Superfund sites were for years persona non grata in the real estate world. Deemed uninhabitable or dangerous by the Environmental Protection Agency, they can be cleaned up with federal money but usually sit for years undeveloped — a waste of land because of sometimes valid fears.
But they are becoming prime pieces of property for solar farms. Just this past Friday, the largest solar farm on a Superfund site opened in South Bend, Ind., which is the home of Big Ten powerhouse Indiana University.
The 43-acre “Mayland” site covers part of the former 120-acre Reilly Tar & Chemical Corp. For years, the company refind coal tar and treated railroad ties. The solar farm array produces 8 MW of power which feeds into the Indianapolis Power and Light grid. The old company once located there used creosote, a chemical which thought to cause cancer. The plant closed in 1972 and was later scarred with the Superfund moniker.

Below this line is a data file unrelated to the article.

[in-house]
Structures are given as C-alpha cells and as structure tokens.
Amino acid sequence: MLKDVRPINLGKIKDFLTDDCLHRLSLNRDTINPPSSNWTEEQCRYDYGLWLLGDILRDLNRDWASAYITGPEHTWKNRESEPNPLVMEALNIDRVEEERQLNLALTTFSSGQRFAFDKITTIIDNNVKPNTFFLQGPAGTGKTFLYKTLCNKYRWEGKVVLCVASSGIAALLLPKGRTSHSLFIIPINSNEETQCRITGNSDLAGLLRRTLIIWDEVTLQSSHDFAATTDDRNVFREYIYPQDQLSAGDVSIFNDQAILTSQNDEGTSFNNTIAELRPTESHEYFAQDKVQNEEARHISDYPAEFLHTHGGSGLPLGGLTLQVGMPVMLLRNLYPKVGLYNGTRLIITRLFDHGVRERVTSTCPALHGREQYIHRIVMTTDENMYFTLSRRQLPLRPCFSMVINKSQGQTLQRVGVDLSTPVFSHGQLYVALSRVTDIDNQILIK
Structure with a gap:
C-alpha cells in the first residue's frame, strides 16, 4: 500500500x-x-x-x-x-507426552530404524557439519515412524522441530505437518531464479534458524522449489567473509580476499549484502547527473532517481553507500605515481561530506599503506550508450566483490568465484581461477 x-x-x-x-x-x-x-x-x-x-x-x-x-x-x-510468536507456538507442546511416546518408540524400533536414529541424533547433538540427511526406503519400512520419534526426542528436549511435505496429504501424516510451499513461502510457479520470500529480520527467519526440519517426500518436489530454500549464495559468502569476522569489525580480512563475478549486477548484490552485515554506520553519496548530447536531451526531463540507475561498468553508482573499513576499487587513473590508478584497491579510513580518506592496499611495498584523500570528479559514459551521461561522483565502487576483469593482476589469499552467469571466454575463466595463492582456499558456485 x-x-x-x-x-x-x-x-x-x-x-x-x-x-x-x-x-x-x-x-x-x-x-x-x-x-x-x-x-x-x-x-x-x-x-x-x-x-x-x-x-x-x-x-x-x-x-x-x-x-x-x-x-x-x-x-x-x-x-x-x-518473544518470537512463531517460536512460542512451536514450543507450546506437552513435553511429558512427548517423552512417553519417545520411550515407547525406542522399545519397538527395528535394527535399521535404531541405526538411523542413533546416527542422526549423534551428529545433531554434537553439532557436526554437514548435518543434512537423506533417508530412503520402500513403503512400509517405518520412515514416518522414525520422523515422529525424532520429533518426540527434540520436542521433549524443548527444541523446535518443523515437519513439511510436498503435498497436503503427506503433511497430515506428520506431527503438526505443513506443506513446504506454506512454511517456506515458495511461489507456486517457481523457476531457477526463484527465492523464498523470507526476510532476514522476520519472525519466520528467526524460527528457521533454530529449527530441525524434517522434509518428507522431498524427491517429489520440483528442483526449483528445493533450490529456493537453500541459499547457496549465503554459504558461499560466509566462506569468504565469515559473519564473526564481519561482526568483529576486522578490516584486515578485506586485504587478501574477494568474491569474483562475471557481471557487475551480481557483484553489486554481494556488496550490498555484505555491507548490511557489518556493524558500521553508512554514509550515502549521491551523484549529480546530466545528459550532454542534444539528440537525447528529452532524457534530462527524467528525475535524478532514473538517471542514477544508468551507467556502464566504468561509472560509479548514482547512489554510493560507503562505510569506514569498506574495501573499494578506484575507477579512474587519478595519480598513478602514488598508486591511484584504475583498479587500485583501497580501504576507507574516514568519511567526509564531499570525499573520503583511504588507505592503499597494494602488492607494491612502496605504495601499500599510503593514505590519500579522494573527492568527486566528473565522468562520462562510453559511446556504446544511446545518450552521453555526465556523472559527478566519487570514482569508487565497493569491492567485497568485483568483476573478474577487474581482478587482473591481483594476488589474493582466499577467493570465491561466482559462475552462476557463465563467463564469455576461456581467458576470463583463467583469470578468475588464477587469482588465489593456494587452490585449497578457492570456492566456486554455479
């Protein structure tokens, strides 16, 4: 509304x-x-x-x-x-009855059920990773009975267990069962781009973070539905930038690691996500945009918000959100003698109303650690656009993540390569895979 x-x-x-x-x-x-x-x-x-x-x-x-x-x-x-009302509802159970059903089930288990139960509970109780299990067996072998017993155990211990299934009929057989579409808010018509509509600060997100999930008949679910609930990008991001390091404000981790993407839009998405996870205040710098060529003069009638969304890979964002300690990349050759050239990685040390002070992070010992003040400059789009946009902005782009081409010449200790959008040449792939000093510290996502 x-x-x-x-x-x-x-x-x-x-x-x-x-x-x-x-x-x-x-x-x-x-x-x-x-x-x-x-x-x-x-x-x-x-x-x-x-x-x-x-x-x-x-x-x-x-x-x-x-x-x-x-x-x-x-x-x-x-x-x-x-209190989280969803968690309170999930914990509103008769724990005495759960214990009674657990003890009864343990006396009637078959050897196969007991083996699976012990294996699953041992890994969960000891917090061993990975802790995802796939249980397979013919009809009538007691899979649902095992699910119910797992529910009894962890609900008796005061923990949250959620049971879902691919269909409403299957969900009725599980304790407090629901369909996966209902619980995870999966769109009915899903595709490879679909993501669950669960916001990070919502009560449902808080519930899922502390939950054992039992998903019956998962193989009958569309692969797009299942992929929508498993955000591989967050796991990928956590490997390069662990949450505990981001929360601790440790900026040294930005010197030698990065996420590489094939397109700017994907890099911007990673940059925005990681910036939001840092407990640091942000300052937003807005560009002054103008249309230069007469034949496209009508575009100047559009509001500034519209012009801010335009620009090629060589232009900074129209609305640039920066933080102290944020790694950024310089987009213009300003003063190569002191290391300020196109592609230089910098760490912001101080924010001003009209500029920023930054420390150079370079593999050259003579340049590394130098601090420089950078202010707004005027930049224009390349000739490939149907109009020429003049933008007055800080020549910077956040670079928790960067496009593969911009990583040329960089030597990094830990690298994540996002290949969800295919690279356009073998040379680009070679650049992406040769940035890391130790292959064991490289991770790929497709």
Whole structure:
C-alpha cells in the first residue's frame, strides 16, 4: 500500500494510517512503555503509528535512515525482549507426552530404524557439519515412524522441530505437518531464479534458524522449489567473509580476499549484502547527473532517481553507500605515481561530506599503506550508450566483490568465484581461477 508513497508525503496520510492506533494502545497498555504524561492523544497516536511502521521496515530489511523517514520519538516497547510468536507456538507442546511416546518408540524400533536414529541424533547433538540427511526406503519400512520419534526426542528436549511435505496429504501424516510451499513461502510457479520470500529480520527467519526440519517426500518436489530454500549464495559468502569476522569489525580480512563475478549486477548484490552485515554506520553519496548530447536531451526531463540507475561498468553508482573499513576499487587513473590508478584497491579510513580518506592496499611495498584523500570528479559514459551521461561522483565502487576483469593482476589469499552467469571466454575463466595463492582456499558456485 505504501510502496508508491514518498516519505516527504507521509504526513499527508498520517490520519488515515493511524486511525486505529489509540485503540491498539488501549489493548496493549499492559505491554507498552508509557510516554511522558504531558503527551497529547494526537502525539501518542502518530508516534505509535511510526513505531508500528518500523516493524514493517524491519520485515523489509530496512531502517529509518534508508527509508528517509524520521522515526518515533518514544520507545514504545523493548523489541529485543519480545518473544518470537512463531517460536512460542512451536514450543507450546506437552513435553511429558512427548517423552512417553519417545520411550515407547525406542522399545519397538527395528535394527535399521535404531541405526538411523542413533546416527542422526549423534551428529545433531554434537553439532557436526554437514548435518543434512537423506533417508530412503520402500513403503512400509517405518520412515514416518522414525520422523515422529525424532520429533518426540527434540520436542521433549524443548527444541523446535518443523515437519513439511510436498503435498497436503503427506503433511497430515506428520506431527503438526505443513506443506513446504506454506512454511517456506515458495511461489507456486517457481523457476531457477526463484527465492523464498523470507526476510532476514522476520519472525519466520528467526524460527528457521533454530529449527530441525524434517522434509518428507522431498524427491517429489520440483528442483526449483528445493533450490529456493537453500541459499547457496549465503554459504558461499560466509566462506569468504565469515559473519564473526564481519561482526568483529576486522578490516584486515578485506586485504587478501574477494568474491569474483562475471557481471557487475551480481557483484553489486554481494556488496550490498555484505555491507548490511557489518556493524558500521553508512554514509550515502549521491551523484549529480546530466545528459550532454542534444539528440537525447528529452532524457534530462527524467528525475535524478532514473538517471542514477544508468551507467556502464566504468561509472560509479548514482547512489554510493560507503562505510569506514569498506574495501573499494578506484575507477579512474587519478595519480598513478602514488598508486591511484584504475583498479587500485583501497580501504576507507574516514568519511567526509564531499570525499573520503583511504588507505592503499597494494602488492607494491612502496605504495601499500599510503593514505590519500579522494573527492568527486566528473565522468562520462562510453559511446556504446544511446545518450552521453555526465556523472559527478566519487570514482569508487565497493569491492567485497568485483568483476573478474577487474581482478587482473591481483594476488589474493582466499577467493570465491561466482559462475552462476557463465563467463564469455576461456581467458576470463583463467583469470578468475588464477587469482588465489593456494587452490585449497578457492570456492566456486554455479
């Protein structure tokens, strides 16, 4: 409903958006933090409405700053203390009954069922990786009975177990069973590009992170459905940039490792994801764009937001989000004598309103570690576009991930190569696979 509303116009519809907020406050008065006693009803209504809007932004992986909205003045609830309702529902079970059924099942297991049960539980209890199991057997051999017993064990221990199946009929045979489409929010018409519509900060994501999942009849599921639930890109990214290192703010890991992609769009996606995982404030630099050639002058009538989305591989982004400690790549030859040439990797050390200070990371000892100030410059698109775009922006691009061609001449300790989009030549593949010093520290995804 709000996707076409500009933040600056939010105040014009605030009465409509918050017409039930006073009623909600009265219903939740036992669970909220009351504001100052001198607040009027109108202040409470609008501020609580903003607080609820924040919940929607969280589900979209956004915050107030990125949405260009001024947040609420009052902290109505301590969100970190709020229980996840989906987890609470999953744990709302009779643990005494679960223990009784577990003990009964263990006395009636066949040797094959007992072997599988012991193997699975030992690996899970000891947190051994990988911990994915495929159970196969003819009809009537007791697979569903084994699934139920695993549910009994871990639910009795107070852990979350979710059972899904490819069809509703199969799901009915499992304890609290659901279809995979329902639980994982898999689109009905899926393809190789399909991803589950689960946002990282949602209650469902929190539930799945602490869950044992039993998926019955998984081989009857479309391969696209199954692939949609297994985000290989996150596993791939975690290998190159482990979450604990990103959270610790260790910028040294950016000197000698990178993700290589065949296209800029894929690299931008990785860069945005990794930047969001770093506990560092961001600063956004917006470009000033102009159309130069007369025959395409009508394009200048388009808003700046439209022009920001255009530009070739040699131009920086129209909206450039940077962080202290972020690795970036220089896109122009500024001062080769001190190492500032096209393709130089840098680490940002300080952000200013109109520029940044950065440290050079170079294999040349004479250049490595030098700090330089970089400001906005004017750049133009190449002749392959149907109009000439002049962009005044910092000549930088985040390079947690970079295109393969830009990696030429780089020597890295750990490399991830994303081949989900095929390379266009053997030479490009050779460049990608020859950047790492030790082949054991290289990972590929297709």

Mayland isn’t the only one. Second in size and power is a 40-acre, 6-megawatt solar farm near Rancho Cordova, Calif. built on a Superfund site.
It’s win/win/ for power customers, investors and landowners. Wildlife can’t be harmed because typically nothing grows there anyway, and unused land now generates income. It’s a new market for possible other sites.
And there are plenty of them. The EPA has declared more than 1,300 sites in the U.S. as in need of “Superfund” cleanup. Many would sit unused. That seemed to be the destiny of the one in Indiana until a solar farm company developed it.